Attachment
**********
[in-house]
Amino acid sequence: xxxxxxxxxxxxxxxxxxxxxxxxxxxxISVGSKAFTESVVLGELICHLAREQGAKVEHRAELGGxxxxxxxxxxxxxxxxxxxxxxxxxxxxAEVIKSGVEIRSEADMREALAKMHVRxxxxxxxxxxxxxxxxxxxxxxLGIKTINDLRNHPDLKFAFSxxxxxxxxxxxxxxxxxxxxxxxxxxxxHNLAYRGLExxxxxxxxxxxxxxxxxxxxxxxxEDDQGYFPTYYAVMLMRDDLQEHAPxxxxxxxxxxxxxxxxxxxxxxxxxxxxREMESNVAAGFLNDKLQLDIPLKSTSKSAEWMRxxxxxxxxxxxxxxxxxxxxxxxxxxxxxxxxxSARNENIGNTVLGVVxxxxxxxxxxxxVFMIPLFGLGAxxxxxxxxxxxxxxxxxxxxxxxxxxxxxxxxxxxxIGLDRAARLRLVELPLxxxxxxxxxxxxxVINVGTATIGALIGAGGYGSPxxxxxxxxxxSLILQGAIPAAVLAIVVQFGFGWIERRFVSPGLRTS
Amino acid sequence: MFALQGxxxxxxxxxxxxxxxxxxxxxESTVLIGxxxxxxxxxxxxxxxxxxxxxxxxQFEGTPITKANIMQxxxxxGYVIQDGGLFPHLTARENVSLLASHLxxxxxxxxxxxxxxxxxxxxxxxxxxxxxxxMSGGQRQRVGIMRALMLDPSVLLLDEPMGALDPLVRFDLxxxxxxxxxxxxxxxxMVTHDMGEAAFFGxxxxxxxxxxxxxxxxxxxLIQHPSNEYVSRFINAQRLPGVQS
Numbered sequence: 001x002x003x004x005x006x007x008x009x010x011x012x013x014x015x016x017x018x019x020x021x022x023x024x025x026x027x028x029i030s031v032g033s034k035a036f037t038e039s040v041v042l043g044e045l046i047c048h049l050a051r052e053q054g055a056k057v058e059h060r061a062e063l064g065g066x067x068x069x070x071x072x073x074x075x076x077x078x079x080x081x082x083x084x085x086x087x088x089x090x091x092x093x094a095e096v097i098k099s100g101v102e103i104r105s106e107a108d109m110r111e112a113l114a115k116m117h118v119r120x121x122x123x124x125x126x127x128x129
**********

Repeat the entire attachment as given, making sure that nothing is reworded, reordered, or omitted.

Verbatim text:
[in-house]
Amino acid sequence: xxxxxxxxxxxxxxxxxxxxxxxxxxxxISVGSKAFTESVVLGELICHLAREQGAKVEHRAELGGxxxxxxxxxxxxxxxxxxxxxxxxxxxxAEVIKSGVEIRSEADMREALAKMHVRxxxxxxxxxxxxxxxxxxxxxxLGIKTINDLRNHPDLKFAFSxxxxxxxxxxxxxxxxxxxxxxxxxxxxHNLAYRGLExxxxxxxxxxxxxxxxxxxxxxxxEDDQGYFPTYYAVMLMRDDLQEHAPxxxxxxxxxxxxxxxxxxxxxxxxxxxxREMESNVAAGFLNDKLQLDIPLKSTSKSAEWMRxxxxxxxxxxxxxxxxxxxxxxxxxxxxxxxxxSARNENIGNTVLGVVxxxxxxxxxxxxVFMIPLFGLGAxxxxxxxxxxxxxxxxxxxxxxxxxxxxxxxxxxxxIGLDRAARLRLVELPLxxxxxxxxxxxxxVINVGTATIGALIGAGGYGSPxxxxxxxxxxSLILQGAIPAAVLAIVVQFGFGWIERRFVSPGLRTS
Amino acid sequence: MFALQGxxxxxxxxxxxxxxxxxxxxxESTVLIGxxxxxxxxxxxxxxxxxxxxxxxxQFEGTPITKANIMQxxxxxGYVIQDGGLFPHLTARENVSLLASHLxxxxxxxxxxxxxxxxxxxxxxxxxxxxxxxMSGGQRQRVGIMRALMLDPSVLLLDEPMGALDPLVRFDLxxxxxxxxxxxxxxxxMVTHDMGEAAFFGxxxxxxxxxxxxxxxxxxxLIQHPSNEYVSRFINAQRLPGVQS
Numbered sequence: 001x002x003x004x005x006x007x008x009x010x011x012x013x014x015x016x017x018x019x020x021x022x023x024x025x026x027x028x029i030s031v032g033s034k035a036f037t038e039s040v041v042l043g044e045l046i047c048h049l050a051r052e053q054g055a056k057v058e059h060r061a062e063l064g065g066x067x068x069x070x071x072x073x074x075x076x077x078x079x080x081x082x083x084x085x086x087x088x089x090x091x092x093x094a095e096v097i098k099s100g101v102e103i104r105s106e107a108d109m110r111e112a113l114a115k116m117h118v119r120x121x122x123x124x125x126x127x128x129